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[Share]Published: December 05, 2013

FDNY Graduates 242 Probationary Firefighters

The 242 Probationary Firefighters during their graduation ceremony.

The 242 Probationary Firefighters during their graduation ceremony.

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FDNY members welcomed 242 outstanding new Probationary Firefighters on Dec. 5.

“I’m confident that this graduating class is as prepared as any to make their own contributions to the storied legacy of the New York City Fire Department,” Mayor Michael Bloomberg said during the ceremony at the Christian Cultural Center in Brooklyn. “It’s an honor to be your mayor. Thank you for your service, and congratulations on reaching this milestone.”

This class was noted to be the most diverse in FDNY history, with 62 percent of its members identifying as minorities.

“You’ve proven to your instructors that you have what it takes to be New York City firefighters, and, just as importantly, you proved it to yourselves as well,” Fire Commissioner Salvatore Cassano said.

Chief of Department Edward Kilduff provided advice, saying, “Being a member of a team from day one, that’s the nature of this job. You have earned the honor of calling yourself an FDNY firefighter.”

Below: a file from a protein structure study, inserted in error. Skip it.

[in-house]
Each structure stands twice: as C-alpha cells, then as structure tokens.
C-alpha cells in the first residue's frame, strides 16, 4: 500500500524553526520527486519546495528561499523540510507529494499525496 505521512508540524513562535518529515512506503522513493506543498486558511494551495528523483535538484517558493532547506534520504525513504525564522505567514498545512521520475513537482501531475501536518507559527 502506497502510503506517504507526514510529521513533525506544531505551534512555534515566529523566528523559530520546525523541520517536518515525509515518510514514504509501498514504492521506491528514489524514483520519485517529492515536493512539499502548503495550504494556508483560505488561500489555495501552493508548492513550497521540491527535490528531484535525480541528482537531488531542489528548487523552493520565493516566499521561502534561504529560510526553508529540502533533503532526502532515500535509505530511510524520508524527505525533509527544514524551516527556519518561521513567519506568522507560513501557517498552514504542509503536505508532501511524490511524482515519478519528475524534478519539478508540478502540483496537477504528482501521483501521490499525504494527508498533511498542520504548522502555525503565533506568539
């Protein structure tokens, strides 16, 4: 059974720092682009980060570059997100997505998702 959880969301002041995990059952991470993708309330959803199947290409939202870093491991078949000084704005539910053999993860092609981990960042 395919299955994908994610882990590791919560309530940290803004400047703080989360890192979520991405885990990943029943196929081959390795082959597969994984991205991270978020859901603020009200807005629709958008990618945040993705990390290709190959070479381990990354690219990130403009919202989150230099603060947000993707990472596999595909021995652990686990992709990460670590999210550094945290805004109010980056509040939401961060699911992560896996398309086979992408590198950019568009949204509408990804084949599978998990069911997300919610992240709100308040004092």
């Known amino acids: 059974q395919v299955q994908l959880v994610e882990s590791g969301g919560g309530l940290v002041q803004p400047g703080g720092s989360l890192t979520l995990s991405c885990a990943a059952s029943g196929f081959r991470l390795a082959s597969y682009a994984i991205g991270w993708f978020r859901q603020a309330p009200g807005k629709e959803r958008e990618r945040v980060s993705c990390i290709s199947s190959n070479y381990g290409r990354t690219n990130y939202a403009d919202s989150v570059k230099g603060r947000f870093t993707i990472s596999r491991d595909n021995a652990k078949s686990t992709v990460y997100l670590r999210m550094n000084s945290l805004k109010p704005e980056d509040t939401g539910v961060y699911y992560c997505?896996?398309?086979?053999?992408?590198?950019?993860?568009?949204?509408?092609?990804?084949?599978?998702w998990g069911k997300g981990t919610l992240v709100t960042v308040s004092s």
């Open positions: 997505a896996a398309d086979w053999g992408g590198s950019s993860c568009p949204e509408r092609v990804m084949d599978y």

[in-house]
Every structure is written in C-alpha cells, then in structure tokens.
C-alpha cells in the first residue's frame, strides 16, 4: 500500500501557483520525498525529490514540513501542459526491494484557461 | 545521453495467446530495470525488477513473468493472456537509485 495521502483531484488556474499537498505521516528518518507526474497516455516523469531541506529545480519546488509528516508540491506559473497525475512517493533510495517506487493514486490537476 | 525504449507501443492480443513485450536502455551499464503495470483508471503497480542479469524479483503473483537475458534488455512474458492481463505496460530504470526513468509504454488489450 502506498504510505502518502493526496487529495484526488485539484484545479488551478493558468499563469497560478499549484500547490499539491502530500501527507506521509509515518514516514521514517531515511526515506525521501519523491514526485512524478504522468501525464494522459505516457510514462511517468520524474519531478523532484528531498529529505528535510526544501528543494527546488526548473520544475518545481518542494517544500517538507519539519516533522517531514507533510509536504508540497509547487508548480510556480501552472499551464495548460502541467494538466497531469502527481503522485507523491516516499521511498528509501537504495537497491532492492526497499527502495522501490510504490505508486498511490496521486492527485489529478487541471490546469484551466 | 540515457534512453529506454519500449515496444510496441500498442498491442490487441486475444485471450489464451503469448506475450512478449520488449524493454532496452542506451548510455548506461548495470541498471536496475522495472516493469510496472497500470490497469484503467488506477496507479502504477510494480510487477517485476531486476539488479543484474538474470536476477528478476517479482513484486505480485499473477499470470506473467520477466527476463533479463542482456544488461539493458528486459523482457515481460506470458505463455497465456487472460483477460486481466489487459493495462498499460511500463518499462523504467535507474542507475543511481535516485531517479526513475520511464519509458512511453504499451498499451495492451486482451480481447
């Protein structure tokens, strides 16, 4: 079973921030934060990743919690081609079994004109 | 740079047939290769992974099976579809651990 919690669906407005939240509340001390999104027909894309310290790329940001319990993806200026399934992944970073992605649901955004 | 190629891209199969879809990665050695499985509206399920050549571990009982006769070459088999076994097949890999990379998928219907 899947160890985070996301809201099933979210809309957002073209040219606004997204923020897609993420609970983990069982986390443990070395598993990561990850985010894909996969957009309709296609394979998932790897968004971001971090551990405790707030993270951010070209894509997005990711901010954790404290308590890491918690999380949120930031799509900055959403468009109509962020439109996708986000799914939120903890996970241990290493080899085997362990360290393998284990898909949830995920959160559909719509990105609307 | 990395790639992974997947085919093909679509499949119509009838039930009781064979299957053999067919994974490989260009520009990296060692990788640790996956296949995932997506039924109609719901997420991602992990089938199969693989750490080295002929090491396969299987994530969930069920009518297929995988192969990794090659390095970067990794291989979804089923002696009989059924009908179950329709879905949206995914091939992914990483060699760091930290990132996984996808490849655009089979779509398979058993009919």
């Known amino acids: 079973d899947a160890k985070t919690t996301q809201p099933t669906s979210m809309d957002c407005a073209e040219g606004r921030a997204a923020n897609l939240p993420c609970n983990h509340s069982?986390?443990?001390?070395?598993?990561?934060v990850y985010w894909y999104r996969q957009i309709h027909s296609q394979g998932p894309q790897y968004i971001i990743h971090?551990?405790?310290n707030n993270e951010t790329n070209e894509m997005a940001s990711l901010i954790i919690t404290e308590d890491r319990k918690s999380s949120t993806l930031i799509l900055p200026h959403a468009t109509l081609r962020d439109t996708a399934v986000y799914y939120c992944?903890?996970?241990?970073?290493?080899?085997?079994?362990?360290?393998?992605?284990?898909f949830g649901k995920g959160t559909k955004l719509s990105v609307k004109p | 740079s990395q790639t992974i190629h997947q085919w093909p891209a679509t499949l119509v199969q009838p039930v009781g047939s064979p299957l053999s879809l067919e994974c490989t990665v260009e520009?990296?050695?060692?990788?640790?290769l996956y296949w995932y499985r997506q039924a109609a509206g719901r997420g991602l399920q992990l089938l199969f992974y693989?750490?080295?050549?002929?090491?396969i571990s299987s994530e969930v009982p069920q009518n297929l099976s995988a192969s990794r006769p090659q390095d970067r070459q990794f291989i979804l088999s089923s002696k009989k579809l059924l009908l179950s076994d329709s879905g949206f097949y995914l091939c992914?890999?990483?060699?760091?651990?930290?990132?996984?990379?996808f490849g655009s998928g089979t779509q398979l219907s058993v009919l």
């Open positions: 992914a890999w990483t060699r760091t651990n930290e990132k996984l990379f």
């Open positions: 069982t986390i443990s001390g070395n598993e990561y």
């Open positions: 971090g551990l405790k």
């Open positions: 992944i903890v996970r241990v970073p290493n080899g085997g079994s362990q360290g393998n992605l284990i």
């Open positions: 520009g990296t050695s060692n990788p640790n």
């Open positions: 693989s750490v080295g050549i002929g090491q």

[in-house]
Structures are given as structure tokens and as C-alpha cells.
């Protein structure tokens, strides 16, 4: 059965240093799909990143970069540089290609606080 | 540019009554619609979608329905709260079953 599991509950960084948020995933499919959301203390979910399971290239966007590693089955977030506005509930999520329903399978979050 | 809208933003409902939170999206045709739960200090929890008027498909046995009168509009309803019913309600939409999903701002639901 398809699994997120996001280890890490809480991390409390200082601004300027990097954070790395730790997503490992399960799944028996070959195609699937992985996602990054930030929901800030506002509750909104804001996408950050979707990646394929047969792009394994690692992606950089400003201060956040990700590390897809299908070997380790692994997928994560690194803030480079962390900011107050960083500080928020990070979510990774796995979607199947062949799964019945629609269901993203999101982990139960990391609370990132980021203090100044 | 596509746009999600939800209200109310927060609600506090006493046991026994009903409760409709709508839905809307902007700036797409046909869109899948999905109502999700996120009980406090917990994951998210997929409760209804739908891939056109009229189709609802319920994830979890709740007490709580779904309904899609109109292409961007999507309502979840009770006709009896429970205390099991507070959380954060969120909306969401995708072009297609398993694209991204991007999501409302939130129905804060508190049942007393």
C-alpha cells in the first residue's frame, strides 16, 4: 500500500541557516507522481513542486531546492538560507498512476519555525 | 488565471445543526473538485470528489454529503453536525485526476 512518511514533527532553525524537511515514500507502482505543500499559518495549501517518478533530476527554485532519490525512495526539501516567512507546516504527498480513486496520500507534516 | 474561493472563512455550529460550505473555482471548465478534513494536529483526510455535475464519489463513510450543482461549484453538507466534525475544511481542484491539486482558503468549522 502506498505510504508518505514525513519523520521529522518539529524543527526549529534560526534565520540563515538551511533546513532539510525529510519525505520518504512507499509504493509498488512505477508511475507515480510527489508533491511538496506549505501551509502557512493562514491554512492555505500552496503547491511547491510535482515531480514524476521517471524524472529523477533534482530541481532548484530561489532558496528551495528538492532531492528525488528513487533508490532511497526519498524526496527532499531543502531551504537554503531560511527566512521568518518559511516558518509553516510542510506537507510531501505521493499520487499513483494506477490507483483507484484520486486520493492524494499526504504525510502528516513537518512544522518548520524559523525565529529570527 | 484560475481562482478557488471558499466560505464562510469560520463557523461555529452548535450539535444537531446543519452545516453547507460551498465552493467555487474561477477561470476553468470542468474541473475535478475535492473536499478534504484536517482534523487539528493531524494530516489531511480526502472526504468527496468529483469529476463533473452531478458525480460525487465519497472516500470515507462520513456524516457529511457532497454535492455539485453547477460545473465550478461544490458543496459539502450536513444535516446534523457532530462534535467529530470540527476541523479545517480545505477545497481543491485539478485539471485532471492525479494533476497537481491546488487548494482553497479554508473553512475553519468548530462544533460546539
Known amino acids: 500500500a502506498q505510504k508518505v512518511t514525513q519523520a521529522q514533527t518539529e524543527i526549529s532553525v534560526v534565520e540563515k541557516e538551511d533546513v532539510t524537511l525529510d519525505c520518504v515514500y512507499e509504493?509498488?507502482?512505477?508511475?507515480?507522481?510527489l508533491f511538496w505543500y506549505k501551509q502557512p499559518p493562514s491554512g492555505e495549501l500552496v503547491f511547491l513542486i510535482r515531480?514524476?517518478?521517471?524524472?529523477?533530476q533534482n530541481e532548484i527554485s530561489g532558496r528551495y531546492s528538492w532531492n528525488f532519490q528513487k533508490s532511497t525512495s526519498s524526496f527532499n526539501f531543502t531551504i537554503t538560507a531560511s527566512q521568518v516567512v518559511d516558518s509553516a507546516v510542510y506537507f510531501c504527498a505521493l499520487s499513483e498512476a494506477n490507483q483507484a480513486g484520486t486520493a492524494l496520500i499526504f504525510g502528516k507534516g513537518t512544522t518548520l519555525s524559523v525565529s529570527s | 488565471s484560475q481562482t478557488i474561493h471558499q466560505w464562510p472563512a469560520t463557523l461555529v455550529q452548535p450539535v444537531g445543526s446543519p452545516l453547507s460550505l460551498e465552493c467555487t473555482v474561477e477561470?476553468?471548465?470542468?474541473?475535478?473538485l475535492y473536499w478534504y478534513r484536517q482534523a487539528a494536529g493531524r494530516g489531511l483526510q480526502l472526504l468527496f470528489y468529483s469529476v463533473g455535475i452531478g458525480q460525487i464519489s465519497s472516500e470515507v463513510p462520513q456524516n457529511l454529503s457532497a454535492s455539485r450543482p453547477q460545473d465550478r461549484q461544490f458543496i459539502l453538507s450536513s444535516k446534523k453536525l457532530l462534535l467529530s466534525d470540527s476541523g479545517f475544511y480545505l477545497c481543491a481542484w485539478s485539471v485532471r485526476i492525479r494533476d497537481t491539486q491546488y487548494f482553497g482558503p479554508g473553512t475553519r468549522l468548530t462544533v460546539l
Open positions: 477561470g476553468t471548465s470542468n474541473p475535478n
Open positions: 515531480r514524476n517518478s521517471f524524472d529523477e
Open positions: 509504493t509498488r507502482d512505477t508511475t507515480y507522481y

Among the graduates were 35 who served in the military and eight who had a family member who died in the line of duty.

Probationary Firefighter Connor Geraghty, whose father, Chief Ed Geraghty died on Sept. 11, 2001, was named Valedictorian of the class. The Salutatorian was Probationary Firefighter Sean McCarthy and the Physical Fitness Award was given to Probationary Firefighter Fernando Rodrigues.

“This is the culmination of an 18-week journey, we started as strangers and became brothers and sisters” Probationary Firefighter Geraghty said.

He described his father as modest, remembering a stamp on his desk that read, ‘Stay Humble, Stay Teachable.’ The new FDNY member said he always wanted to become a firefighter, and “We have, without a doubt, hit the lotto with this job.”

Probationary Firefighter Dwayne Hill, who previously served in Iraq with the U.S. Army, agreed, saying, “[The Fire Department] feels like family.” He then added, “I served my country, now I’m looking forward to serving my city, too.”

Looking around the room, Probationary Firefighter Stephen Howard described his happiness simply, “I still feel like I’m dreaming.”

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